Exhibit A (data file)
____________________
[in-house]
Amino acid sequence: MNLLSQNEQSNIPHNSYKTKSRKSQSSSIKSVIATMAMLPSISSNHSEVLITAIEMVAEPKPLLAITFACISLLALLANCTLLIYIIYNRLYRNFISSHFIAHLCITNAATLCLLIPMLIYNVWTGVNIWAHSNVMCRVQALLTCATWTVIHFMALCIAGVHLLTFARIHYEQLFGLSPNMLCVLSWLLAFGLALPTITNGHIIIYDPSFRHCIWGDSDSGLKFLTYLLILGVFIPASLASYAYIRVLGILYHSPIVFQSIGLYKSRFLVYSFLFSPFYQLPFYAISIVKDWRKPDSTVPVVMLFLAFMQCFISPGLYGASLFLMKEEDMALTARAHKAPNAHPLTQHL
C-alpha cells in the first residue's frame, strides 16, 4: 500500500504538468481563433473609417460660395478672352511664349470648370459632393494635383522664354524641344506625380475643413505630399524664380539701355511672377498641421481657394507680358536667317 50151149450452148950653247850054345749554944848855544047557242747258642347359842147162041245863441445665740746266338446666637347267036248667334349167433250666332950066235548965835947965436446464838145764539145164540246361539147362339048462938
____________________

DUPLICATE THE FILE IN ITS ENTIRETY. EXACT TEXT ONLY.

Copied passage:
[in-house]
Amino acid sequence: MNLLSQNEQSNIPHNSYKTKSRKSQSSSIKSVIATMAMLPSISSNHSEVLITAIEMVAEPKPLLAITFACISLLALLANCTLLIYIIYNRLYRNFISSHFIAHLCITNAATLCLLIPMLIYNVWTGVNIWAHSNVMCRVQALLTCATWTVIHFMALCIAGVHLLTFARIHYEQLFGLSPNMLCVLSWLLAFGLALPTITNGHIIIYDPSFRHCIWGDSDSGLKFLTYLLILGVFIPASLASYAYIRVLGILYHSPIVFQSIGLYKSRFLVYSFLFSPFYQLPFYAISIVKDWRKPDSTVPVVMLFLAFMQCFISPGLYGASLFLMKEEDMALTARAHKAPNAHPLTQHL
C-alpha cells in the first residue's frame, strides 16, 4: 500500500504538468481563433473609417460660395478672352511664349470648370459632393494635383522664354524641344506625380475643413505630399524664380539701355511672377498641421481657394507680358536667317 50151149450452148950653247850054345749554944848855544047557242747258642347359842147162041245863441445665740746266338446666637347267036248667334349167433250666332950066235548965835947965436446464838145764539145164540246361539147362339048462938